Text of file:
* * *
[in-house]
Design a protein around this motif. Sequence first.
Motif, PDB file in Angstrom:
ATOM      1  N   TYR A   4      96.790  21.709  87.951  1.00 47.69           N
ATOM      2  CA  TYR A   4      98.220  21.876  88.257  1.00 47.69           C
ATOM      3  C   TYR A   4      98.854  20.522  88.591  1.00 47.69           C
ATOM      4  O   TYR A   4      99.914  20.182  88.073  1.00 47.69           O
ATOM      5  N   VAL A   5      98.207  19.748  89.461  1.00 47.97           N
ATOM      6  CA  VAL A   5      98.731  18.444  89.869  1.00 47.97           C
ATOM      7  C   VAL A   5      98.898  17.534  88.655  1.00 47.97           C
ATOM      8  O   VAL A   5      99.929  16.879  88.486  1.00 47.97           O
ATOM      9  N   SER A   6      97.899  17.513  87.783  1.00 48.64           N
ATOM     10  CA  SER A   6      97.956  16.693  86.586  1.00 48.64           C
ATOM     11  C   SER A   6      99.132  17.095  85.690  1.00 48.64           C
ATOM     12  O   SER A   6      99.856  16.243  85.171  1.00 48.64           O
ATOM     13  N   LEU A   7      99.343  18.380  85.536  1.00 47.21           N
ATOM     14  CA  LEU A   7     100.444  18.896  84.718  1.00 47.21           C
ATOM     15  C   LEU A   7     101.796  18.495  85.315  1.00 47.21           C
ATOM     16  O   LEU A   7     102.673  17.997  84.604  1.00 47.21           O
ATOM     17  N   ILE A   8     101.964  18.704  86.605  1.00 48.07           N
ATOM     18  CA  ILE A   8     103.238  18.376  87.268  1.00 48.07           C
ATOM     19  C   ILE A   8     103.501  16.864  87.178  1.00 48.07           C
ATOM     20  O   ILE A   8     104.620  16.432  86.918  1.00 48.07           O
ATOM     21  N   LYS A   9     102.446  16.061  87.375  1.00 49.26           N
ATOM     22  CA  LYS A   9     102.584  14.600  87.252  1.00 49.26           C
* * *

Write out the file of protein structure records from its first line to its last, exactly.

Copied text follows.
[in-house]
Design a protein around this motif. Sequence first.
Motif, PDB file in Angstrom:
ATOM      1  N   TYR A   4      96.790  21.709  87.951  1.00 47.69           N
ATOM      2  CA  TYR A   4      98.220  21.876  88.257  1.00 47.69           C
ATOM      3  C   TYR A   4      98.854  20.522  88.591  1.00 47.69           C
ATOM      4  O   TYR A   4      99.914  20.182  88.073  1.00 47.69           O
ATOM      5  N   VAL A   5      98.207  19.748  89.461  1.00 47.97           N
ATOM      6  CA  VAL A   5      98.731  18.444  89.869  1.00 47.97           C
ATOM      7  C   VAL A   5      98.898  17.534  88.655  1.00 47.97           C
ATOM      8  O   VAL A   5      99.929  16.879  88.486  1.00 47.97           O
ATOM      9  N   SER A   6      97.899  17.513  87.783  1.00 48.64           N
ATOM     10  CA  SER A   6      97.956  16.693  86.586  1.00 48.64           C
ATOM     11  C   SER A   6      99.132  17.095  85.690  1.00 48.64           C
ATOM     12  O   SER A   6      99.856  16.243  85.171  1.00 48.64           O
ATOM     13  N   LEU A   7      99.343  18.380  85.536  1.00 47.21           N
ATOM     14  CA  LEU A   7     100.444  18.896  84.718  1.00 47.21           C
ATOM     15  C   LEU A   7     101.796  18.495  85.315  1.00 47.21           C
ATOM     16  O   LEU A   7     102.673  17.997  84.604  1.00 47.21           O
ATOM     17  N   ILE A   8     101.964  18.704  86.605  1.00 48.07           N
ATOM     18  CA  ILE A   8     103.238  18.376  87.268  1.00 48.07           C
ATOM     19  C   ILE A   8     103.501  16.864  87.178  1.00 48.07           C
ATOM     20  O   ILE A   8     104.620  16.432  86.918  1.00 48.07           O
ATOM     21  N   LYS A   9     102.446  16.061  87.375  1.00 49.26           N
ATOM     22  CA  LYS A   9     102.584  14.600  87.252  1.00 49.26           C